Feeds

SEC charges eight ex-AOL TW execs with civil fraud

Inflating ad revenues

Eight steps to building an HP BladeSystem

For two years, between 2000 and 2002, AOL execs cooked the books, bigtime.

They inflated revenues by more than $1bn, through artificial barter deals, by booking one-time gains as advertising income, and by booking the entire gross amount of advertising contracts instead of just the commission element. The Washington Post exposed the con in mid-2002. The US Securities and Exchange Commission (SEC) then went to work.

In 2005, Time Warner, AOL's parent company, got itself off the hook by paying the SEC $300m to settle securities fraud charges.

Now the SEC is gunning for the AOL Time Warner execs said to be involved in the advertising monkeyshines.

Today, it filed civil fraud charges against eight ex-execs. It has divided them into two groups of four: those it has let settle, and those it is pursuing through the court. Headed for a New York courtroom are John Kelly, former CFO of AOL Time Warner; Steven Rindner, a former exec in the company's business affairs Unit; Joseph Ripp, former CFO of the AOL division; and Mark Wovsaniker, former head of Accounting Policy.

According to the SEC, they "engineered, oversaw, and executed fraudulent round-trip transactions in which AOL Time Warner effectively funded its own advertising revenue by giving purchasers the money to buy online advertising that they did not want or need. Online advertising revenue was a key measure by which analysts and investors evaluated the company".

The four who have settled are all former employees in AOL's business affairs unit. They are not admitting or denying the SEC allegations, but they are collectively paying fines and penalties of more than $8m.

More at the SEC. ®

Mobile application security vulnerability report

More from The Register

next story
BBC goes offline in MASSIVE COCKUP: Stephen Fry partly muzzled
Auntie tight-lipped as major outage rolls on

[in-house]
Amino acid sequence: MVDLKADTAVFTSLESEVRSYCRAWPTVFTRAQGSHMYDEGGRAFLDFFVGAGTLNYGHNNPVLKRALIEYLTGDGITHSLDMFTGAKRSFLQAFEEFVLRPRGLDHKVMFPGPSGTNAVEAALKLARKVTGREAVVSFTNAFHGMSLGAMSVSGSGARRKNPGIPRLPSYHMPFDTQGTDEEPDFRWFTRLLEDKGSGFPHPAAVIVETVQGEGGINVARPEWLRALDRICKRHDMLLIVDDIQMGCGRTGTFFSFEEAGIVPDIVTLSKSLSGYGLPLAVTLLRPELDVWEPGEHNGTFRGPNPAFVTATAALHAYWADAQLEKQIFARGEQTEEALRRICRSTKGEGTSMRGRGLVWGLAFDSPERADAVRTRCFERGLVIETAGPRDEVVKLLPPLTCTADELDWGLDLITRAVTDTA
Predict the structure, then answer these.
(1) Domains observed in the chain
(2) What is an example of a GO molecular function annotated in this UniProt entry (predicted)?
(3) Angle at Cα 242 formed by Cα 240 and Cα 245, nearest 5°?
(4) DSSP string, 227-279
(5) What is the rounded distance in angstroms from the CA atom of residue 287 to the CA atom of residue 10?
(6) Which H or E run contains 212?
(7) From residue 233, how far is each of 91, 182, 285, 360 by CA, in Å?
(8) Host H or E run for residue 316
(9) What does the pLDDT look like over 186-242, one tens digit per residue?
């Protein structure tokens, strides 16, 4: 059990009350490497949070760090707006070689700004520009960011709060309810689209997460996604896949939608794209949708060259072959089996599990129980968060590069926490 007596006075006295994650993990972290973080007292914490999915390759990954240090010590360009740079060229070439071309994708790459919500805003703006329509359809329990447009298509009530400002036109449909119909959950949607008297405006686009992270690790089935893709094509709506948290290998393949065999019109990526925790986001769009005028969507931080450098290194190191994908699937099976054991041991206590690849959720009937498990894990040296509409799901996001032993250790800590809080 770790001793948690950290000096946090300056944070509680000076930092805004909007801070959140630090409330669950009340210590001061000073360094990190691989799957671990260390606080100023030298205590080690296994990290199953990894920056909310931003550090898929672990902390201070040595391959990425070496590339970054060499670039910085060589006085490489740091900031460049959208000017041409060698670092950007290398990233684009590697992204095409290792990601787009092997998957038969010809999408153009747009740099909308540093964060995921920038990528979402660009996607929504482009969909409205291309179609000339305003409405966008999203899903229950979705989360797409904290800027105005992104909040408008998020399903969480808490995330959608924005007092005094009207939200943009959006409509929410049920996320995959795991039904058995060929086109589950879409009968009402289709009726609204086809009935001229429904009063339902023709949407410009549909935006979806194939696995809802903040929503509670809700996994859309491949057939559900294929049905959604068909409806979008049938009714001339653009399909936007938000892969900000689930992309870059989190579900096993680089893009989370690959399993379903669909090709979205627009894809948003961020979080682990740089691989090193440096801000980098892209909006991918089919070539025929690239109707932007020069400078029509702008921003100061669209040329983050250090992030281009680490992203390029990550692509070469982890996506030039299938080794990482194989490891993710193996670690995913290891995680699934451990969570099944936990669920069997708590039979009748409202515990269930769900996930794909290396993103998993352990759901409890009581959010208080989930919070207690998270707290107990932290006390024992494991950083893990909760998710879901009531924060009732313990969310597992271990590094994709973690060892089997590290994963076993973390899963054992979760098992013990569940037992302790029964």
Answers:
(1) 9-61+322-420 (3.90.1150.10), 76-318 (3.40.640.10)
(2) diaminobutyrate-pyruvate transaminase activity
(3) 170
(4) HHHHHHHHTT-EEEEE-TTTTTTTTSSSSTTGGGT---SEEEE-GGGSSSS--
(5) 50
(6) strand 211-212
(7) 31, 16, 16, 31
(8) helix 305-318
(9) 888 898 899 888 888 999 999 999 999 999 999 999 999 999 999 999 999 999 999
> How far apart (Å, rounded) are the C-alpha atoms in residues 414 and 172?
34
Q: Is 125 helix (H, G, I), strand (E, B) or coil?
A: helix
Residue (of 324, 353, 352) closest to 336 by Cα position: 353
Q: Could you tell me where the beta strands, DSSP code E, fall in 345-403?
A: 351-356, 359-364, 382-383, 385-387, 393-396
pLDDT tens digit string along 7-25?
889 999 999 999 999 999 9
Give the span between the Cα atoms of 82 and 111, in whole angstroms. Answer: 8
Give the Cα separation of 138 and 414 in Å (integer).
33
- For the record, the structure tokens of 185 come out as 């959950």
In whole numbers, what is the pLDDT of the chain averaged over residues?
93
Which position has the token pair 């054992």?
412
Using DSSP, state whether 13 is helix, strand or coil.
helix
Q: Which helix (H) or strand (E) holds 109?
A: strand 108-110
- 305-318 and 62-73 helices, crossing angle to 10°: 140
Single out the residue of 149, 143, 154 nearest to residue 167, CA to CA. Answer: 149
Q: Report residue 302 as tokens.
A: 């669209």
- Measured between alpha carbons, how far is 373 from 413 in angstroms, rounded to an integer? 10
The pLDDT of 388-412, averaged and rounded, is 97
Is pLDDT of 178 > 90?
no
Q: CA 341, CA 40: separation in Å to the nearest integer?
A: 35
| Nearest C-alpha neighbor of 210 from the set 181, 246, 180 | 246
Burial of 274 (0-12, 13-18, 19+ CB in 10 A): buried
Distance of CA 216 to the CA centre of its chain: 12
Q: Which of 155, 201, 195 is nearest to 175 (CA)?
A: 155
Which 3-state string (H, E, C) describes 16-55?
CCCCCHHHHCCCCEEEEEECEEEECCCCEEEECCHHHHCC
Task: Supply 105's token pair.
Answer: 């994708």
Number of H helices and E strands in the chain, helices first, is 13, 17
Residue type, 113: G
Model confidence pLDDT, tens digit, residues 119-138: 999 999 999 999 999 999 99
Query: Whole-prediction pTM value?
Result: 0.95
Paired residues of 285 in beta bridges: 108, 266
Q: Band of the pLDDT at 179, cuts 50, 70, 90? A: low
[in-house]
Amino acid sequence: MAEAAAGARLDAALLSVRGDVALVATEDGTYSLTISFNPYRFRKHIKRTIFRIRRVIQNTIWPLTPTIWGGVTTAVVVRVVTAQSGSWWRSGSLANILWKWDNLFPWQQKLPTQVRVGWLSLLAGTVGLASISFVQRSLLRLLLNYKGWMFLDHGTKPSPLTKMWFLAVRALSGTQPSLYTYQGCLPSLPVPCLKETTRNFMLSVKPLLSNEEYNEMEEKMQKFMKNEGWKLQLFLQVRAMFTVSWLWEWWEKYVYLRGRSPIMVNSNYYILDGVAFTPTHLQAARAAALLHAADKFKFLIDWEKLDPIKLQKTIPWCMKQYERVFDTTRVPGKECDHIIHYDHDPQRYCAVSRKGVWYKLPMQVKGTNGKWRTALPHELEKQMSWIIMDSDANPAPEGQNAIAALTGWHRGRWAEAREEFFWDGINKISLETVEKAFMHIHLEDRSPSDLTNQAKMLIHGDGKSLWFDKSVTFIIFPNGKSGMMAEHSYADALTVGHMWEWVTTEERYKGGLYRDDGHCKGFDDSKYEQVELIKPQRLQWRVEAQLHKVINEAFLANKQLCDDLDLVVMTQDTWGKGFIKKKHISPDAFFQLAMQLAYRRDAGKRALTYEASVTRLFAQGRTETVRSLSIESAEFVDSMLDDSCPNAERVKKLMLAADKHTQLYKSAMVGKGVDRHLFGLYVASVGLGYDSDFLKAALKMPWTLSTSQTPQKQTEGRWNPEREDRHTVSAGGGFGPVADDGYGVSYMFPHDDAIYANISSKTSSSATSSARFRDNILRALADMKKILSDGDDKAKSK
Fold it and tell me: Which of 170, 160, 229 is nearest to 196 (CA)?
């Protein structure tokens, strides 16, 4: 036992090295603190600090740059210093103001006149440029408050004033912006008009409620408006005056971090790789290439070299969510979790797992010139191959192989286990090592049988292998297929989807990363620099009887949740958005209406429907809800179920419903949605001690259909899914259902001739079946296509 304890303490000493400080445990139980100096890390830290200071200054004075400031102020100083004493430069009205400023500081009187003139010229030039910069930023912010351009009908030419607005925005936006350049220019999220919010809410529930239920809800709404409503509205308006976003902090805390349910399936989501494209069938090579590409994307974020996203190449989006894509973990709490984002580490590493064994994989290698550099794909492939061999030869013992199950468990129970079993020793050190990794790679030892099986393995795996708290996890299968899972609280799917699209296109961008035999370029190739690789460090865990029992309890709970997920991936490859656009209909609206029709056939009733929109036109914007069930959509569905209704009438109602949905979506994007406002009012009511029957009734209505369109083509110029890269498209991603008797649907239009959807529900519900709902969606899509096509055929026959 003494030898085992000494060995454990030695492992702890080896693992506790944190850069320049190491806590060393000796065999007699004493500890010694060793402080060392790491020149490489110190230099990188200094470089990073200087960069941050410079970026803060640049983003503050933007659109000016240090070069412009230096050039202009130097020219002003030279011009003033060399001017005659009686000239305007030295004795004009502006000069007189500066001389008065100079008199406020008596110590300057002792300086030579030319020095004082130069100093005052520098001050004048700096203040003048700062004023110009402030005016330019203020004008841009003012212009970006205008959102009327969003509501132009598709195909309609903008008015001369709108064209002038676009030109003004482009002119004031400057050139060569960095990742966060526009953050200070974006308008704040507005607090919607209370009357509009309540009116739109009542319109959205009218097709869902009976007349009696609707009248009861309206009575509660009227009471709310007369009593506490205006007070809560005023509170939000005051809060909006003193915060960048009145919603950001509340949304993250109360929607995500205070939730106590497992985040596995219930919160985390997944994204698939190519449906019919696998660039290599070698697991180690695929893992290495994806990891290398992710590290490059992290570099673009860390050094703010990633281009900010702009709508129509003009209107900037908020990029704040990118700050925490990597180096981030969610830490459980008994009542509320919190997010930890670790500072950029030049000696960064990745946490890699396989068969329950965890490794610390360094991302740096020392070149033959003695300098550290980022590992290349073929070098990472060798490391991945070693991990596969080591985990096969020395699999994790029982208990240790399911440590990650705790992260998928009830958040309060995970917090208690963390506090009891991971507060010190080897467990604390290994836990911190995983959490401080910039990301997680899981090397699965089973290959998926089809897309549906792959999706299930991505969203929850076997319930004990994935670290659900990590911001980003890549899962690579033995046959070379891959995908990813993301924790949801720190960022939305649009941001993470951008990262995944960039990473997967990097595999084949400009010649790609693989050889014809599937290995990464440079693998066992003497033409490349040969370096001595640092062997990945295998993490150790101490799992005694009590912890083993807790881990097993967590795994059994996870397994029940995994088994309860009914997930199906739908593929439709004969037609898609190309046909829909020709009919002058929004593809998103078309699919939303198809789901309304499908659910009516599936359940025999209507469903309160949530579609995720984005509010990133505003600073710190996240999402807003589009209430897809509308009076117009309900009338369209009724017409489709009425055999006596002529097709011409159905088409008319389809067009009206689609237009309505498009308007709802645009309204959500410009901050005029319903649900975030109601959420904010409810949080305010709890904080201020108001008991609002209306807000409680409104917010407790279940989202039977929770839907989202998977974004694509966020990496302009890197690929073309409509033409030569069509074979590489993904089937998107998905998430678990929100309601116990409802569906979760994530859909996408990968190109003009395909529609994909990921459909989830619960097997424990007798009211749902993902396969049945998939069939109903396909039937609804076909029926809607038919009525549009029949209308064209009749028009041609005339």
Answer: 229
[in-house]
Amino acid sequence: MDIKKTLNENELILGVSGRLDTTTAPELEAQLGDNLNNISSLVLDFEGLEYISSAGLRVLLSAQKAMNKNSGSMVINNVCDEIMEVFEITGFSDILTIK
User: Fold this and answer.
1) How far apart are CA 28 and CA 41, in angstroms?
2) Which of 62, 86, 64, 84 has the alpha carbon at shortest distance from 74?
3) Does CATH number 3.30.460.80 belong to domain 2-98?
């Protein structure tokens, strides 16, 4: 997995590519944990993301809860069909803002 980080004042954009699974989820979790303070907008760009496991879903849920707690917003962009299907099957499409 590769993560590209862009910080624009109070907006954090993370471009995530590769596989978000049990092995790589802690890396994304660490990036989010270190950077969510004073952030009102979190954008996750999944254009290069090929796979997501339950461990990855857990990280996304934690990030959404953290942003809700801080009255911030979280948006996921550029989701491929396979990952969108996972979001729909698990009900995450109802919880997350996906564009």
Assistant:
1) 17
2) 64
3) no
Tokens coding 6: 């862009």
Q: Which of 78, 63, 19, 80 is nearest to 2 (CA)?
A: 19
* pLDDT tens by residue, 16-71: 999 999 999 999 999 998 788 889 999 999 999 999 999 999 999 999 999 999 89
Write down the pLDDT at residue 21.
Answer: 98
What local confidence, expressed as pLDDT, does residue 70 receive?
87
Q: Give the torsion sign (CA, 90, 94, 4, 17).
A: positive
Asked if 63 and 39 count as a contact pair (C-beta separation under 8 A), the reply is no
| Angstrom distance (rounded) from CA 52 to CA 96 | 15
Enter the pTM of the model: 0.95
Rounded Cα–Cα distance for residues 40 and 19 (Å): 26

iPad? More like iFAD: We reveal why Apple fell into IBM's arms
But never fear fanbois, you're still lapping up iPhones, Macs
Amazon Reveals One Weird Trick: A Loss On Almost $20bn In Sales
Investors really hate it: Share price plunge as growth SLOWS in key AWS division
Bose says today is F*** With Dre Day: Beats sued in patent battle
Music gear giant seeks some of that sweet, sweet Apple pie
There's NOTHING on TV in Europe – American video DOMINATES
Even France's mega subsidies don't stop US content onslaught
You! Pirate! Stop pirating, or we shall admonish you politely. Repeatedly, if necessary
And we shall go about telling people you smell. No, not really
Too many IT conferences to cover? MICROSOFT to the RESCUE!
Yet more word of cuts emerges from Redmond
Chips are down at Broadcom: Thousands of workers laid off
Cellphone baseband device biz shuttered
Twitch rich as Google flicks $1bn hitch switch, claims snitch
Gameplay streaming biz and search king refuse to deny fresh gobble rumors
prev story

Whitepapers

Top three mobile application threats
Prevent sensitive data leakage over insecure channels or stolen mobile devices.
Implementing global e-invoicing with guaranteed legal certainty
Explaining the role local tax compliance plays in successful supply chain management and e-business and how leading global brands are addressing this.
Boost IT visibility and business value
How building a great service catalog relieves pressure points and demonstrates the value of IT service management.
Designing a Defense for Mobile Applications
Learn about the various considerations for defending mobile applications - from the application architecture itself to the myriad testing technologies.
Build a business case: developing custom apps
Learn how to maximize the value of custom applications by accelerating and simplifying their development.